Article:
If our ancestors viewed death of children (and other family members, too) as stoically as some people would like to think, then how do we account for the remembrances of other relatives that g-grandma seemed a little "off" after burying several children in the typhoid epidemic, or Aunt Susie didn't seem able to have any fun?

    My family photos are full of the stark realities of living in 19th century Arkansas, and all of the poverty that came with it. At the same time, those photos are also full of little children dressed in the finery made by their mothers and grandmothers, complete with those huge, honking hair bows the girls wore.

    The family reunion photos show scads of relatives long dead and buried (and unfortunately for me, quite a few unidentified), gathered together to share food and companionship.

    So when I find that the little child or the uncle that was in last year's reunion photo died and wasn't present for the next, I am sad, as I know they were also.

  4. We are blessed to live in an era of health care where most babies are born alive. Our food supply is abundant. Pre-natal care and vitamins are everyday occurances. Unfortunately, some of us take this for granted. Our ancestors didn't.

    The stories passed down to me when I was a child helped me learn quickly that the way I grew up in the sixties in a blue collar small town lifestyle was not the experience of my grandparents. So I understand it can be hard to learn our ancestors lived otherwise.

    Yet, I still tear up when I see how Gwyneth's loss of her father hits her emotions. Or, how it would be a joy to share everything she has learned with him. I connect deeply with her on that level.

    Joy and sadness are a part of everyone's life past and present. My paternal grandmother lost five or six babies...some at or before birth, others before they turned three years old. It hurt her deeply. When her husband wanted to immigrate from Russia to the United States and she was pregnant, she begged for him to delay the trip. She knew she would lose the baby on such a journey, and she was right. She lost the child while on board ship across the Atlantic. Then she was quarantined upon arrival at Ellis Island. She said it was one of the most embarrassing experiences of her life. The Statue of Liberty brought back horrible memories of men and women standing naked for hours in line waiting for a doctor's examination. She did not see it as the land of opportunity and freedom. Did she have time to properly grieve? No, she had to "buckle up" and learn how to live in a new country. When you understand the sorrows, their behavior later on does make more sense.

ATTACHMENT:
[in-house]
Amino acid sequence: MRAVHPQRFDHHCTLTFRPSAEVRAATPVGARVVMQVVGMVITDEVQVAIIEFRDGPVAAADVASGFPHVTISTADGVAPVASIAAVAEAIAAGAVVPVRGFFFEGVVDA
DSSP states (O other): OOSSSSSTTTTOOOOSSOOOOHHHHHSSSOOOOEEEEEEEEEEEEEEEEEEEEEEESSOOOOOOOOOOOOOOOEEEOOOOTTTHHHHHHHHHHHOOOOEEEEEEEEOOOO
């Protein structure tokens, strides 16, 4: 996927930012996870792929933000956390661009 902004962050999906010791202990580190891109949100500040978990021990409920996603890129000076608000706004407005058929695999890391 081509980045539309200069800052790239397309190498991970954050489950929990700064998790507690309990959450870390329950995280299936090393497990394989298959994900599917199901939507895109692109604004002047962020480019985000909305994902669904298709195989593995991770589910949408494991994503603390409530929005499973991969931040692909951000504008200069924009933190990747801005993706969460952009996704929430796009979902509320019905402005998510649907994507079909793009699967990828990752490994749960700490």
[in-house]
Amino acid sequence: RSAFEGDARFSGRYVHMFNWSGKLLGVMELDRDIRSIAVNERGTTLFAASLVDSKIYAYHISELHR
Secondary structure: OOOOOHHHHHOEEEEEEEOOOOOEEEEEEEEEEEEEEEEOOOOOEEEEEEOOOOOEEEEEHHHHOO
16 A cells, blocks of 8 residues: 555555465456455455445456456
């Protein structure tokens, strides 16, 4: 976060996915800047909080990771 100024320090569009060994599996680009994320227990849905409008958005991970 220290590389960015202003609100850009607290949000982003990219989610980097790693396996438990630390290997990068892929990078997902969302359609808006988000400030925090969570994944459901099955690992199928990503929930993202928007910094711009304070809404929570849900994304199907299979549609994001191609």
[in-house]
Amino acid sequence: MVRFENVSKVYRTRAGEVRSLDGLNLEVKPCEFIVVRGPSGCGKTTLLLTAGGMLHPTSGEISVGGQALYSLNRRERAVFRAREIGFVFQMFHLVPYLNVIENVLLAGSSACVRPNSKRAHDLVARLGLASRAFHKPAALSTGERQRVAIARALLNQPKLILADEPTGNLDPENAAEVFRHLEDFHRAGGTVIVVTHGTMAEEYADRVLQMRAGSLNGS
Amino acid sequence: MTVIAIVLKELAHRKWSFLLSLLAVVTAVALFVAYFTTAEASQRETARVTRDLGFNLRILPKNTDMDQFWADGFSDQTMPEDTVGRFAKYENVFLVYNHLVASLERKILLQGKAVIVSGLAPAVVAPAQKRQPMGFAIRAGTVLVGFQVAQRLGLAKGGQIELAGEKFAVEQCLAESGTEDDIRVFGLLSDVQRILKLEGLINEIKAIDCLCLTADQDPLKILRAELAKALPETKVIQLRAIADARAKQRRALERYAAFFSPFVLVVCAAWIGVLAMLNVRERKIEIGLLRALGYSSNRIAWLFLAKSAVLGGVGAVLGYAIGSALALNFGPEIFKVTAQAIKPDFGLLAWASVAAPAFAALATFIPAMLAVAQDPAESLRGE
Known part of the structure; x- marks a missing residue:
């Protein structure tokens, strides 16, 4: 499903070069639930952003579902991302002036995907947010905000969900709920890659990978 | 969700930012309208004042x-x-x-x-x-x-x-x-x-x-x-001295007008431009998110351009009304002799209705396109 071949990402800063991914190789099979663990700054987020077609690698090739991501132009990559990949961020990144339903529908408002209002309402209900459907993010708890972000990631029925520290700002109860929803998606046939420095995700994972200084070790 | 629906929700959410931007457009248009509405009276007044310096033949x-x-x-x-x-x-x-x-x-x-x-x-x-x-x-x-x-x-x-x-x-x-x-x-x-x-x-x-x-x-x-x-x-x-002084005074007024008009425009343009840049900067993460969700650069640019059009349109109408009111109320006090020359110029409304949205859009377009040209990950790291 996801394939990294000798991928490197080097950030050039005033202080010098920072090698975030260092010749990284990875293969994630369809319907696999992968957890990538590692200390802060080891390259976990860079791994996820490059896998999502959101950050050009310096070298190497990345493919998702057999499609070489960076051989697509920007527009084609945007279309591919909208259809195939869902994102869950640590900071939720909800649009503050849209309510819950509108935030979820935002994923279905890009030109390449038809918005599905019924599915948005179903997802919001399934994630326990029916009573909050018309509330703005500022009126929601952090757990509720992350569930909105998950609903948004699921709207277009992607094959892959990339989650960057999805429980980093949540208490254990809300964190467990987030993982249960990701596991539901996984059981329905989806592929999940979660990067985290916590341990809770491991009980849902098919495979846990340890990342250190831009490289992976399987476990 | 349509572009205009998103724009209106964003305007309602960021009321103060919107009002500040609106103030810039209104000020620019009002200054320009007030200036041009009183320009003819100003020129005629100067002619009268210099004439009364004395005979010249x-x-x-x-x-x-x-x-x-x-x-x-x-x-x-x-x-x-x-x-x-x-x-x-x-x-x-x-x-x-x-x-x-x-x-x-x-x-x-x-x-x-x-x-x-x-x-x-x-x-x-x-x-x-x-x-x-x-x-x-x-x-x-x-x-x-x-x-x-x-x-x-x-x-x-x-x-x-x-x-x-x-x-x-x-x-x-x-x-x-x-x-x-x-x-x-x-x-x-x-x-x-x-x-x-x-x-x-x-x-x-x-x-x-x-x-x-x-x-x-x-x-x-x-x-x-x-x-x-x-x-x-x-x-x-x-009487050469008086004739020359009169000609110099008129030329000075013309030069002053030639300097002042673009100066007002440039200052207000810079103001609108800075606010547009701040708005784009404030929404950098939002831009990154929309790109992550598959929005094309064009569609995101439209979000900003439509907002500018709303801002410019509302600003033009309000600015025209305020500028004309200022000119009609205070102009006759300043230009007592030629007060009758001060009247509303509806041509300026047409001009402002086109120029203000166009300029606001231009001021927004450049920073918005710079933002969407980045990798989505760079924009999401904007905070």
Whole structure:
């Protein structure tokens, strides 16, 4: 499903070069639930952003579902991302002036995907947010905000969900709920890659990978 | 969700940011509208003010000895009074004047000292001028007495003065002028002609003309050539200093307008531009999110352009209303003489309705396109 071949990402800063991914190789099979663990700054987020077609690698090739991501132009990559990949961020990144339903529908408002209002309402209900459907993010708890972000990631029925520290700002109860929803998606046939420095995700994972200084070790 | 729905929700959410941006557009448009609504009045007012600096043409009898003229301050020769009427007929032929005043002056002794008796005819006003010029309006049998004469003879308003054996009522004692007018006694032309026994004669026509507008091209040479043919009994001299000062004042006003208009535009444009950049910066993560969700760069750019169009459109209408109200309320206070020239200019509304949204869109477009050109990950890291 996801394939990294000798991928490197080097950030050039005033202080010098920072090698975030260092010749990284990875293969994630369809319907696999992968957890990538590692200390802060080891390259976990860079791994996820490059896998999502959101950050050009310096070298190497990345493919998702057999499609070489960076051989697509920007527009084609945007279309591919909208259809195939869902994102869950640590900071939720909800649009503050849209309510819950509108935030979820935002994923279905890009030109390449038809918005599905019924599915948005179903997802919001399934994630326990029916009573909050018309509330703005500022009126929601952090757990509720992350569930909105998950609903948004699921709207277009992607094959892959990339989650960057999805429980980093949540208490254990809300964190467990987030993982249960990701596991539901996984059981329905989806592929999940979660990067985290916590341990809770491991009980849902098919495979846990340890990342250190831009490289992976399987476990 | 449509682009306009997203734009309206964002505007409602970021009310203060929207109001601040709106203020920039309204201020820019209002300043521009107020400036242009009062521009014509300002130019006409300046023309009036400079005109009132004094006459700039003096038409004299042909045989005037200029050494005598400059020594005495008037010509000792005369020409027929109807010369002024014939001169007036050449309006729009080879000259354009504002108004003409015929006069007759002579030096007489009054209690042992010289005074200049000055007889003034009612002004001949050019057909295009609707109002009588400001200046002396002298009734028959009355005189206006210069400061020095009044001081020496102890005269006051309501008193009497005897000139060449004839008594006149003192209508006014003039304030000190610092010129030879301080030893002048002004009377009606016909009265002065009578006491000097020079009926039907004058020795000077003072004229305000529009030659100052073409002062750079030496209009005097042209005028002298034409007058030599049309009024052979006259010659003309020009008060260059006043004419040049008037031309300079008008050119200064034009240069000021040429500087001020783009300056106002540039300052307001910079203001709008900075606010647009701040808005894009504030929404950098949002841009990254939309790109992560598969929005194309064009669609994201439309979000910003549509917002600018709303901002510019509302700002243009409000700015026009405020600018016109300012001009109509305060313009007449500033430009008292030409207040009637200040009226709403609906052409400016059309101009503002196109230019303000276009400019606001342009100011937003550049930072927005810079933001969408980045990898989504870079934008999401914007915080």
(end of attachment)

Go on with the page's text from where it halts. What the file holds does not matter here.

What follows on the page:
When she gave birth to my father years later, the midwife said he was a "blue" baby who would only live a few days. He proved them wrong and lived 76 years.

    Yes, my heart aches for the sorrow of my ancestors. Yet, I am consoled that their decisions have given us life and I in turn have passed these stories on to my children.

  5. Charles - Russ - Dee - Anna: your words of insight have made quite an impact on me today. As I read through the comments that each of you have left, the tears fill my eyes. All of our families have experienced difficult and trying times. That is very evident by the stories you have all shared. I want to thank you for taking the time to share and comment on this question.

  6. I found out that my paternal great grandfather (Grandpa Sandy) was orphaned along with his younger brother before the age of 3. Thankfully, their mother's sister (Auntie Margaret) took both the boys on and must have passed up the opportunity to marry in order to care for them. The younger brother died at the age of 18, but Sandy and Margaret lived together even after his marriage, and she died in his home. We unexpectedly stumbled across a large obelisk in a graveyard in Perthshire and I was so surprised to see it was a grateful and loving memorial to Auntie Margaret erected by Grandpa Sandy that I burst into tears on the spot. I always make sure I have a tissue in my pocket when reading through old newspapers as well. The joy and the sadness :-) Jo

  7. I feel similar to Anna's statement about how lucky we are to be living in this era. Researching my family history has really shown me with real examples, how rough life used to be.

    However records and death certificates do not have the same emotional impact on me, compared to seeing something concrete such as items I have found such as hand written note stating "Baby Pearl died," and seeing the grave stone for "Baby Hughey" in the family plot.